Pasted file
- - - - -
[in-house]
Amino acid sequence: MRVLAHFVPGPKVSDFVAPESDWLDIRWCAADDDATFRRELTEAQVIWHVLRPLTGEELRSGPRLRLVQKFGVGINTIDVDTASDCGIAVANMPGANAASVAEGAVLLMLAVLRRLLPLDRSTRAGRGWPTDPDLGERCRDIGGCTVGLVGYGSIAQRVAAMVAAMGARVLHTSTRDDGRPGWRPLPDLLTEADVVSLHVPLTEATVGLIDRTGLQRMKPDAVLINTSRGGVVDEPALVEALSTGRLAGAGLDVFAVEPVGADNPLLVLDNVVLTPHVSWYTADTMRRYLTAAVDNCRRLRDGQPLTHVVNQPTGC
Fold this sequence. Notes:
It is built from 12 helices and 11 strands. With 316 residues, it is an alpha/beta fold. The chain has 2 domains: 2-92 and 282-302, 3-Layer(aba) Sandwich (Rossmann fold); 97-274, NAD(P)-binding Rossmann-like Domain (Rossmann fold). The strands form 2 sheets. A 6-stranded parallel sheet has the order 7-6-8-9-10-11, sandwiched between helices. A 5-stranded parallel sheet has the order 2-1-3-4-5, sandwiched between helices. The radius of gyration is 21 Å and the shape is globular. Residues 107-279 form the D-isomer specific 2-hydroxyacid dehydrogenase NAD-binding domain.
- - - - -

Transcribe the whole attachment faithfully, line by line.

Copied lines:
[in-house]
Amino acid sequence: MRVLAHFVPGPKVSDFVAPESDWLDIRWCAADDDATFRRELTEAQVIWHVLRPLTGEELRSGPRLRLVQKFGVGINTIDVDTASDCGIAVANMPGANAASVAEGAVLLMLAVLRRLLPLDRSTRAGRGWPTDPDLGERCRDIGGCTVGLVGYGSIAQRVAAMVAAMGARVLHTSTRDDGRPGWRPLPDLLTEADVVSLHVPLTEATVGLIDRTGLQRMKPDAVLINTSRGGVVDEPALVEALSTGRLAGAGLDVFAVEPVGADNPLLVLDNVVLTPHVSWYTADTMRRYLTAAVDNCRRLRDGQPLTHVVNQPTGC
Fold this sequence. Notes:
It is built from 12 helices and 11 strands. With 316 residues, it is an alpha/beta fold. The chain has 2 domains: 2-92 and 282-302, 3-Layer(aba) Sandwich (Rossmann fold); 97-274, NAD(P)-binding Rossmann-like Domain (Rossmann fold). The strands form 2 sheets. A 6-stranded parallel sheet has the order 7-6-8-9-10-11, sandwiched between helices. A 5-stranded parallel sheet has the order 2-1-3-4-5, sandwiched between helices. The radius of gyration is 21 Å and the shape is globular. Residues 107-279 form the D-isomer specific 2-hydroxyacid dehydrogenase NAD-binding domain.